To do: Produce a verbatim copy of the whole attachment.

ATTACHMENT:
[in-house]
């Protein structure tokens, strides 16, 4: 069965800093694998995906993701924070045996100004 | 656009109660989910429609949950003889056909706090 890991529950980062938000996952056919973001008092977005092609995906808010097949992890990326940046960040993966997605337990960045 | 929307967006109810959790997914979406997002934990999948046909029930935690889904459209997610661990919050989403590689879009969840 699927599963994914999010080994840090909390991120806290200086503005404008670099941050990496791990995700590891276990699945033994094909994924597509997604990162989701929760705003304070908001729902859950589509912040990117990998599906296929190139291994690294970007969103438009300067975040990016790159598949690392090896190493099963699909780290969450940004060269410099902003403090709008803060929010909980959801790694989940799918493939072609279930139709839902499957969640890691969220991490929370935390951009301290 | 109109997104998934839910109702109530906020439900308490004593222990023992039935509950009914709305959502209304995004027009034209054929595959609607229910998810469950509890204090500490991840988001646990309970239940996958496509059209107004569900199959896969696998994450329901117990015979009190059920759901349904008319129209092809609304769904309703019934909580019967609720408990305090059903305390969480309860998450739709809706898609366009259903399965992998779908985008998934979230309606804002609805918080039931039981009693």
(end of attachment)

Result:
[in-house]
């Protein structure tokens, strides 16, 4: 069965800093694998995906993701924070045996100004 | 656009109660989910429609949950003889056909706090 890991529950980062938000996952056919973001008092977005092609995906808010097949992890990326940046960040993966997605337990960045 | 929307967006109810959790997914979406997002934990999948046909029930935690889904459209997610661990919050989403590689879009969840 699927599963994914999010080994840090909390991120806290200086503005404008670099941050990496791990995700590891276990699945033994094909994924597509997604990162989701929760705003304070908001729902859950589509912040990117990998599906296929190139291994690294970007969103438009300067975040990016790159598949690392090896190493099963699909780290969450940004060269410099902003403090709008803060929010909980959801790694989940799918493939072609279930139709839902499957969640890691969220991490929370935390951009301290 | 109109997104998934839910109702109530906020439900308490004593222990023992039935509950009914709305959502209304995004027009034209054929595959609607229910998810469950509890204090500490991840988001646990309970239940996958496509059209107004569900199959896969696998994450329901117990015979009190059920759901349904008319129209092809609304769904309703019934909580019967609720408990305090059903305390969480309860998450739709809706898609366009259903399965992998779908985008998934979230309606804002609805918080039931039981009693």